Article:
Kevin Price
What Constitution do members of Congress defend?
By Kevin Price
February 17, 2011

It sounds like a silly question..."What Constitution do members of Congress defend?" However, this seems to be the centerpiece issue in American politics today. I know there is only one US Constitution in force today. Any middle school student or even elementary student should know this. But many candidates for Congress seem to lack a clue. For example, Chris Coons, Democrat and recently elected Senator in Delaware stated during a campaign debate with his opponent, Christine O'Donnell that he was "interested if we can explore further your suggestion that the Constitution would be your guide. Because I'm interested in hearing whether it's the Constitution as passed by the founders, the Constitution of 1920, 1930, the Constitution of 1975, the Constitution of today."

When you hear rhetoric like this one would think that there were thousands of pages to that legal document and even hundreds of amendments that have changed its meaning. After over 200 years our Constitution is only around 20 pages long and only has 27 amendments. If we adhered to those pages and those amendments, we would have a very different government from the one we have today.

For example, the limits to government are clearly stated in Article I, Section 8 of the Constitution, where one finds merely 17 enumerated powers and the rest is left to the states and the citizens, as it is clearly articulated in the Tenth Amendment. If we abided by the Constitution and the limited things the federal government was allowed to do, we would be taxed very little, spending would seem inconsequential, and the level of freedom we would enjoy would be unprecedented compared to the rest of the world.

You would think people like Chris Coons would understand the Constitution. After all, as mentioned, it is a very small document and he is a Yale educated attorney. The problem with graduates of law school today, most never opened a copy of the US Constitution. They might study about the Constitution, but even that practice is in decline. Instead they study "case law." Simply put, they study the various cases that changed the interpretation of the Constitution, but not the document itself. This would be similar to disregarding a road map and using the written notes of the many people who came after the map who developed failed approaches to reach a destination, and thinking the next one might work. It is as ridiculous as it sounds. The Constitution is simple, it requires no law degree to figure out, but it may require such to distort it.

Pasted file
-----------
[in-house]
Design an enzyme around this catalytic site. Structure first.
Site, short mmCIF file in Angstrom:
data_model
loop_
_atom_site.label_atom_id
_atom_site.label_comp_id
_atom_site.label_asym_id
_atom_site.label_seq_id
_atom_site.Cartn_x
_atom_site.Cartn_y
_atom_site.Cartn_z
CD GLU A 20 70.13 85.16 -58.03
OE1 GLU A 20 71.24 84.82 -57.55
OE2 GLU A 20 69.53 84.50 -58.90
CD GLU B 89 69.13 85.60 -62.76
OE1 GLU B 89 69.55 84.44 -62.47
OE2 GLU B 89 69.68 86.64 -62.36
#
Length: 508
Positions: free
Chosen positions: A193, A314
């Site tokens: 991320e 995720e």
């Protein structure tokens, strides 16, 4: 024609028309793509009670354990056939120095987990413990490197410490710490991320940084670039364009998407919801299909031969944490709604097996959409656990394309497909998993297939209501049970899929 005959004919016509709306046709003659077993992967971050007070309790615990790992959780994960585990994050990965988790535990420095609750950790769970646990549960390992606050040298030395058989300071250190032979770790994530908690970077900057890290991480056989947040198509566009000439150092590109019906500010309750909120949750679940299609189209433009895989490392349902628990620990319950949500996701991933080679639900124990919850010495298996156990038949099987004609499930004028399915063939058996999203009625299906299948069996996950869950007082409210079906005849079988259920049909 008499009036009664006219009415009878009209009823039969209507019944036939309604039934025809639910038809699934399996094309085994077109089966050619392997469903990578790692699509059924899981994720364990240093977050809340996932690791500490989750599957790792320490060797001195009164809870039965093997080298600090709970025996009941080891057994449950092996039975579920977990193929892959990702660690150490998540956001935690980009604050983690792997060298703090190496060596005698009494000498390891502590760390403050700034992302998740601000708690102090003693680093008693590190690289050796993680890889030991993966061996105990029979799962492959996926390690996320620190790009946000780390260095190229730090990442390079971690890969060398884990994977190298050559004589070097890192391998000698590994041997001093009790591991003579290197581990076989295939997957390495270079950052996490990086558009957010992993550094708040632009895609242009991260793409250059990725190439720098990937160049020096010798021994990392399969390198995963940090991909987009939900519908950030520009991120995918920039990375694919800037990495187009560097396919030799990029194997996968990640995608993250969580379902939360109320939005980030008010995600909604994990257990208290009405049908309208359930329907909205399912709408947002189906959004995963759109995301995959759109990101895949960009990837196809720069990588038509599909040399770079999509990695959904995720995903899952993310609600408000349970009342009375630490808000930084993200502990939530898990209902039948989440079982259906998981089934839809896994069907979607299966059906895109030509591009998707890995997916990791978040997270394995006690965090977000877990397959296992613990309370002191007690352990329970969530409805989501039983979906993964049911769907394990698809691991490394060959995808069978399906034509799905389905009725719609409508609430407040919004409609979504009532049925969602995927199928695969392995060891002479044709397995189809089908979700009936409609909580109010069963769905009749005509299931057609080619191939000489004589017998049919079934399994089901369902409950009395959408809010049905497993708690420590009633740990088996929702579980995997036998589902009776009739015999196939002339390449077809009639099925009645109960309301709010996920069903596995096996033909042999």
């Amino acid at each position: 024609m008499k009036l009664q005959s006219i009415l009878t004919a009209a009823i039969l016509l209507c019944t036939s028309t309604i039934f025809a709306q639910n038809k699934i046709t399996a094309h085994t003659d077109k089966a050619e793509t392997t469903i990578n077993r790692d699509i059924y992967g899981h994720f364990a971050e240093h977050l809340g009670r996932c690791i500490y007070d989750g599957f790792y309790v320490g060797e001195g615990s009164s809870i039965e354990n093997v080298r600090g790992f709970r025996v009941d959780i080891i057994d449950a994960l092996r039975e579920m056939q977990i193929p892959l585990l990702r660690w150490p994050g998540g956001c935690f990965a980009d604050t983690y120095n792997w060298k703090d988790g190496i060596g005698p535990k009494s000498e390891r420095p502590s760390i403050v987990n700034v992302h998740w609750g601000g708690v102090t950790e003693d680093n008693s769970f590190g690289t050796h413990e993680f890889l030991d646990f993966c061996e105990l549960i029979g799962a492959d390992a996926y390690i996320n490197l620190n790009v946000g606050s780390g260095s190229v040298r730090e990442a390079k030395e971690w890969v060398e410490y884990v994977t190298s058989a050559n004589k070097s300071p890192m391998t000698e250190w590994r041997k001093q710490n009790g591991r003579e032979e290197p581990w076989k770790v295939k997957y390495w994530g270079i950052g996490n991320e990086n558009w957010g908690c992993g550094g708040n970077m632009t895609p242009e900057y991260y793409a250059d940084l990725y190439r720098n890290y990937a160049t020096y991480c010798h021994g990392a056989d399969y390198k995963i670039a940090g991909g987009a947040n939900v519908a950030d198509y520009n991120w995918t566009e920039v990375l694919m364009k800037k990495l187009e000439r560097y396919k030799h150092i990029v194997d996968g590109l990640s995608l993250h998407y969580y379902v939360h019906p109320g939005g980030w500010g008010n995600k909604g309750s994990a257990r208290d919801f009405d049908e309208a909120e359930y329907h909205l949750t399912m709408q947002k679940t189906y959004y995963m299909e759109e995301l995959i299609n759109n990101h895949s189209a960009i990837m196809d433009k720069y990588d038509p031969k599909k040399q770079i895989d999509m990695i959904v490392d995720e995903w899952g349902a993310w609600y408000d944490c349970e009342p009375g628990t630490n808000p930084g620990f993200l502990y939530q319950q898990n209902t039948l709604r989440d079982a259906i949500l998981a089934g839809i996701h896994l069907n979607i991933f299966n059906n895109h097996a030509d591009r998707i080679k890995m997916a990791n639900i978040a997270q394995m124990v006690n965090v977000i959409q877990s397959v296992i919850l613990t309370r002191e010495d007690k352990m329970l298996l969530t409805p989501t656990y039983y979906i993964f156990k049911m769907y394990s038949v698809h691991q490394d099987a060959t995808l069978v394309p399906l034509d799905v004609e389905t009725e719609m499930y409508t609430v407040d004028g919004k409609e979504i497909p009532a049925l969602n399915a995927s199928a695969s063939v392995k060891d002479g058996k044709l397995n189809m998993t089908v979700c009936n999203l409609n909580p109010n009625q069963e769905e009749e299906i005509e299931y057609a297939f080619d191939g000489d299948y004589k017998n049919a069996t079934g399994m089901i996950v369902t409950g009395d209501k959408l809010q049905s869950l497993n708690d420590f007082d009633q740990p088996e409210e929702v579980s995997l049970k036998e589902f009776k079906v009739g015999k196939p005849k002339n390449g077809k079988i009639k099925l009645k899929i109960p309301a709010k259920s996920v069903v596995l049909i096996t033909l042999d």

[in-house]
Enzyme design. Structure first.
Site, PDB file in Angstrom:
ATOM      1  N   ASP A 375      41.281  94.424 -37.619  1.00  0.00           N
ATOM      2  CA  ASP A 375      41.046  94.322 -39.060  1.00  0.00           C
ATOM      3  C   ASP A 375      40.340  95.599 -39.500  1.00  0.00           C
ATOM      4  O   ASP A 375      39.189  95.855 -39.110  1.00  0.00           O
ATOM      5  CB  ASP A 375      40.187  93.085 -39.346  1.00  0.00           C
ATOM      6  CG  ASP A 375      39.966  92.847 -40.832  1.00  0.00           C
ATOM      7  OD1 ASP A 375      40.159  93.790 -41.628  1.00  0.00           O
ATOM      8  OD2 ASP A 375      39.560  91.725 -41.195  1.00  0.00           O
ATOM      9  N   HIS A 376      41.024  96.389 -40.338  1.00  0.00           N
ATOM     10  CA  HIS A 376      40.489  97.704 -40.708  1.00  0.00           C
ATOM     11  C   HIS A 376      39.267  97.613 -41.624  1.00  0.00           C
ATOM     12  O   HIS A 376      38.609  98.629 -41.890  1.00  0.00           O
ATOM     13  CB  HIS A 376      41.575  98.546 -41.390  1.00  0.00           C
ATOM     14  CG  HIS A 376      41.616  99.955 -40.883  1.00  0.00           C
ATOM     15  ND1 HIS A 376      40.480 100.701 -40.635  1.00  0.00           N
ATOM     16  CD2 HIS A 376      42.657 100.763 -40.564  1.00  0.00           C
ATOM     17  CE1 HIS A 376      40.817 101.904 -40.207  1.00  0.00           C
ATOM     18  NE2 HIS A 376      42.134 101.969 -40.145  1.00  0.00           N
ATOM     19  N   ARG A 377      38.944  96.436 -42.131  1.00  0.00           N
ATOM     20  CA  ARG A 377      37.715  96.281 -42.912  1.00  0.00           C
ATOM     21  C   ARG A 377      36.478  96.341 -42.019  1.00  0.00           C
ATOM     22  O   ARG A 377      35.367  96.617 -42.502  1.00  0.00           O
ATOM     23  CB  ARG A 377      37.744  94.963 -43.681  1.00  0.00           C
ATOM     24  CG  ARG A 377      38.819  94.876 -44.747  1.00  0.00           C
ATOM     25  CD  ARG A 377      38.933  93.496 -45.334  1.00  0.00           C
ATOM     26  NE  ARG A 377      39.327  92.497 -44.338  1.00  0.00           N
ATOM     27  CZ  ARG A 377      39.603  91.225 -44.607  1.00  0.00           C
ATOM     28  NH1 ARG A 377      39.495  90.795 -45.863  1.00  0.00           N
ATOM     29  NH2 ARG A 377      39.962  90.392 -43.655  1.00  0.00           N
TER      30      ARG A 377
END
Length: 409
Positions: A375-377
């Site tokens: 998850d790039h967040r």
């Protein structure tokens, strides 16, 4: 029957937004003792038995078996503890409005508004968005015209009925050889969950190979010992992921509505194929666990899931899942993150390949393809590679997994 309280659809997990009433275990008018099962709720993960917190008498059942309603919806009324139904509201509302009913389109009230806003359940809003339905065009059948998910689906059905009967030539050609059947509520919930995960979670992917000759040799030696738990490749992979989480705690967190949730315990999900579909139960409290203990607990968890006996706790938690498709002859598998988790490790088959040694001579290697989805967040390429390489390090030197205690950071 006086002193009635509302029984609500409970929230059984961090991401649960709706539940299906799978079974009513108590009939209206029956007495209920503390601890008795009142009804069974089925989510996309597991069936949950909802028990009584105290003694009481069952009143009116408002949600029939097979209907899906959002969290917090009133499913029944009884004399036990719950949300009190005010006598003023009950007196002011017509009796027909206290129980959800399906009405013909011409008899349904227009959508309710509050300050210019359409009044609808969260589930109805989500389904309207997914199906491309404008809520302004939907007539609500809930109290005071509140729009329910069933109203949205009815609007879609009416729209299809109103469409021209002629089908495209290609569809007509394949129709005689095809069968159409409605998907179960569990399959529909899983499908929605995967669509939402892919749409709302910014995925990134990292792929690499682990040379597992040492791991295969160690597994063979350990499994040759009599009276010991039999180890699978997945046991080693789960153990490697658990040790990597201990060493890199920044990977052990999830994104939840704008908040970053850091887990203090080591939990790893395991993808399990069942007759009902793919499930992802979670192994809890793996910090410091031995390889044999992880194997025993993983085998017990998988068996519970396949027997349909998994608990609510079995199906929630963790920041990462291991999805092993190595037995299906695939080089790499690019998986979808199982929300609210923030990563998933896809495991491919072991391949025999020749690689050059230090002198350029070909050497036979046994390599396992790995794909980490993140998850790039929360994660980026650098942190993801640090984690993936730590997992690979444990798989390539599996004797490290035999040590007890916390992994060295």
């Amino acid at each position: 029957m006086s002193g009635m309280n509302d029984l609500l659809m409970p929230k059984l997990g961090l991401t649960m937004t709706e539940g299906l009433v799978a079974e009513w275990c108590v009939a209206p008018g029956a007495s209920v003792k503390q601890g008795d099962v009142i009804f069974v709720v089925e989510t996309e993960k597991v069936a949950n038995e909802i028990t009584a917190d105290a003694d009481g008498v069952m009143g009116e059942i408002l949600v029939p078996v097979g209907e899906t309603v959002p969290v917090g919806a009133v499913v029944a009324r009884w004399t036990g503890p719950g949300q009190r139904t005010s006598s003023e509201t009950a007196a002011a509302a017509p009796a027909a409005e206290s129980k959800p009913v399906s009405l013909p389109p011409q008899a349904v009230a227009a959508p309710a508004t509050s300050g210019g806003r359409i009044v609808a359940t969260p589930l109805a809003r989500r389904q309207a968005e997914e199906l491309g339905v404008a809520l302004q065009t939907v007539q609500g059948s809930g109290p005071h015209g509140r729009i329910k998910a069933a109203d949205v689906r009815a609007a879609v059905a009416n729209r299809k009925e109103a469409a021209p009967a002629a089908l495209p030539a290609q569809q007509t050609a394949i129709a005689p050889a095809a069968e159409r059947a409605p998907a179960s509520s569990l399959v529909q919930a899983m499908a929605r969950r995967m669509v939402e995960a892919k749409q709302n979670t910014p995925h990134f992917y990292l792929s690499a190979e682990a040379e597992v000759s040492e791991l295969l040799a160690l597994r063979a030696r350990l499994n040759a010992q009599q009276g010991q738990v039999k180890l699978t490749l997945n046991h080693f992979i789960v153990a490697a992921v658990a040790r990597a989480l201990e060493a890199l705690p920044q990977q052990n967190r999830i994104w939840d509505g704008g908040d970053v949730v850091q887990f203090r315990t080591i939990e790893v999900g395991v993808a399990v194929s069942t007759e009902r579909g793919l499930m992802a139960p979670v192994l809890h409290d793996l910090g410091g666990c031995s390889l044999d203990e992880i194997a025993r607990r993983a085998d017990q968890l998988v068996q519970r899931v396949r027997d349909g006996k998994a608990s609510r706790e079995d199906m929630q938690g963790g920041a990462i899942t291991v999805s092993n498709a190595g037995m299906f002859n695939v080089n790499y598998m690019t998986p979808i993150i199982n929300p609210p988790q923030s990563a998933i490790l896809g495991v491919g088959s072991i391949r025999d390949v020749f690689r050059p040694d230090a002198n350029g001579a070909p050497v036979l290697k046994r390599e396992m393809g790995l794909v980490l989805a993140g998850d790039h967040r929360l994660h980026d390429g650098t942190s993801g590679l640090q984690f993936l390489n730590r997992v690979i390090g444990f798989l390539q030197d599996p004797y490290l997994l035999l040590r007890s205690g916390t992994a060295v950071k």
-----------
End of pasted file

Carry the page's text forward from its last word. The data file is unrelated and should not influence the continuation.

When a liberal like Chris Coons "defends" the Constitution, it is not that document that was ratified 200 years ago, or the 27 amendments that followed, but the "Constitution" of a government on auto pilot. This is a "Constitution" that passes bills without basis and sets precedents without rules. It is eloquent lawlessness, but it is not the US Constitution.

© Kevin Price


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Kevin Price

Kevin Price is Publisher and Editor in Chief of

His background is eclectic and includes years of experience in both business and public policy, as well as two decades of experience in broadcast journalism. He was an aide to U.S. Senator Gordon Humphrey (R-NH) and later went on to work in policy areas with some of the nation's leading think tanks including the National Center for Public Policy Research and was part of the Heritage Foundation's Annual Guide to Public Policy Experts... (more)


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